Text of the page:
The Spanish government has said its plans to clarify and regulate television investment in local films more strictly in the future.

The move could help appease the film sector, which last week released a seven-page statement detailing a series of measures urgently needed to boost the Spanish film sector, including stricter regulation of the 2001 law obliging broadcasters to invest 3% of their annual income in Spanish product. The Spanish Producer's Association FAPAE sees the move as a positive step forward in negotiations for stricter enforcement of the law.

The film sector statement calls for "mechanisms which allow the Administration to oversee the fulfilment of the regulations and, as necessary, impose corresponding sanctions." The statement further demands "transparency" from the broadcasters.

Spain's minister for science and technology Josep Pique told Congress that the government would elaborate a decree to define more clearly and track those investments. Pique suggested "there are varying interpretations of what producers, the Film Academy and the broadcasters think" the investment requirement refers to.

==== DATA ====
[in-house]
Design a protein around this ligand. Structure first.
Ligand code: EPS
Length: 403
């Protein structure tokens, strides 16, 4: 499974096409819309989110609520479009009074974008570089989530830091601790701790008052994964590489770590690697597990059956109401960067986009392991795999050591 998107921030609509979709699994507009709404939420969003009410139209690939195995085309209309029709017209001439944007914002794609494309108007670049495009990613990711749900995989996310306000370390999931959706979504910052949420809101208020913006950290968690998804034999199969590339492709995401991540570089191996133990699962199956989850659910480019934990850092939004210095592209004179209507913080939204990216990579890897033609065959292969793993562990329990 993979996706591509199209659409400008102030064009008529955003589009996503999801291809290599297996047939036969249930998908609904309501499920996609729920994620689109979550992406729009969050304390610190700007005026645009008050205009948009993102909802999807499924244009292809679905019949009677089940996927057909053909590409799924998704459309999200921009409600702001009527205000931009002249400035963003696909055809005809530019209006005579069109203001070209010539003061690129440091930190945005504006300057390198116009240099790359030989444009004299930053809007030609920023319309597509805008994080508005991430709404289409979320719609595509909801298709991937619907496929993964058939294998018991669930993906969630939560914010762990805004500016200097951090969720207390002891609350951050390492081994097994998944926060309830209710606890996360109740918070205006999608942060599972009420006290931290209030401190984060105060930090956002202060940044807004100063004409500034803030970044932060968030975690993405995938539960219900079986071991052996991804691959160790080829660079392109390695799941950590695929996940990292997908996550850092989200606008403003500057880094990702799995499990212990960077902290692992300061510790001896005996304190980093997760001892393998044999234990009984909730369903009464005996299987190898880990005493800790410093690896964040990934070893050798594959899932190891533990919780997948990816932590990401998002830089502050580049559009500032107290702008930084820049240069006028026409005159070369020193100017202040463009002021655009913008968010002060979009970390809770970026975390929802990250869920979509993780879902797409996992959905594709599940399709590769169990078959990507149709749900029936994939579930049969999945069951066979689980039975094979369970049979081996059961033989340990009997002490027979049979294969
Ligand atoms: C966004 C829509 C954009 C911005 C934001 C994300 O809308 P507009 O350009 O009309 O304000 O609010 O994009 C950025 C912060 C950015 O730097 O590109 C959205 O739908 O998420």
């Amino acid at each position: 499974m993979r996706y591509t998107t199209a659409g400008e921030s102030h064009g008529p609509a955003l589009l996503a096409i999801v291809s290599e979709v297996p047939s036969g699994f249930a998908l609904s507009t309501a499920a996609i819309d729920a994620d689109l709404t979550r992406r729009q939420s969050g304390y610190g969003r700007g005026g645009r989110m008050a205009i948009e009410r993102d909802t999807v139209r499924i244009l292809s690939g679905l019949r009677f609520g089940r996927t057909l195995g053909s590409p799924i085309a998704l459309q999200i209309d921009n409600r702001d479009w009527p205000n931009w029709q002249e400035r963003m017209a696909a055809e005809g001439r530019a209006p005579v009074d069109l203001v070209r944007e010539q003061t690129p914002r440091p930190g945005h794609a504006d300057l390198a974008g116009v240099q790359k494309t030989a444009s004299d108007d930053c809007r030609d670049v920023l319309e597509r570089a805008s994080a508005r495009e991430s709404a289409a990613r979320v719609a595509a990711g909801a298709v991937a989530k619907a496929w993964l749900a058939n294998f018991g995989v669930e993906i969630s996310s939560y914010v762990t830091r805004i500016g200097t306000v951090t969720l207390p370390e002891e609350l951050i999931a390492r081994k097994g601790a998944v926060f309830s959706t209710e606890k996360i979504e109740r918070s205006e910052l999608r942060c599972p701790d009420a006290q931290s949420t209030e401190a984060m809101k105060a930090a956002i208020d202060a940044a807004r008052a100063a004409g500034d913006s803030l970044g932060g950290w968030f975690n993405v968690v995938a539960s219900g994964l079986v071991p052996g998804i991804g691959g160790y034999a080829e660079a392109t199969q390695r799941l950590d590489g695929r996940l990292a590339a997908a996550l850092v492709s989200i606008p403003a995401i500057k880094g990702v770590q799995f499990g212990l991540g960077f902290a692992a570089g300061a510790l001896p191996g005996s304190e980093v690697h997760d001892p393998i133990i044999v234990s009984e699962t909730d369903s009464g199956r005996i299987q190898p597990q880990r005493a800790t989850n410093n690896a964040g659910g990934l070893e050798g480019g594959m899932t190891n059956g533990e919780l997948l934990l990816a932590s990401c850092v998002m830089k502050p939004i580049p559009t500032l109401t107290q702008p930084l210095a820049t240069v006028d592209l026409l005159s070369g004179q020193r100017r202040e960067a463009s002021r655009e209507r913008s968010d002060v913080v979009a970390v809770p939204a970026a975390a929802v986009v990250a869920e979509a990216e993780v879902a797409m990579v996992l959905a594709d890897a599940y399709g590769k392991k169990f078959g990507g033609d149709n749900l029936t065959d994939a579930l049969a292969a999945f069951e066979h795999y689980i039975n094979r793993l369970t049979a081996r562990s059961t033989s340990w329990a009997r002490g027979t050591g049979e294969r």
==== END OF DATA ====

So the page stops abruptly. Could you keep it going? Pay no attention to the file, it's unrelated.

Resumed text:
The 3% towards Spanish product forms part of Spain's 2001 cinema law and represents 60% of the existing obligation on broadcasters to invest 5% of their annual income in European feature films, short films and TV movies. The law specifies the funds should be earmarked for Spanish product shot in any of Spain's official languages.

The film sector statement - which was signed by the Spanish Film Academy and representatives of actors', directors', technicians', producers', and rights' associations, among others - denounces the "impossibility" for Spanish films to "compete under equal conditions in their own market" due to the Hollywood studios' control of the channels of exploitation. The recommended measures call for specific government action concerning feature film financing, especially TV backing and subsidies, distribution and exhibition in all windows.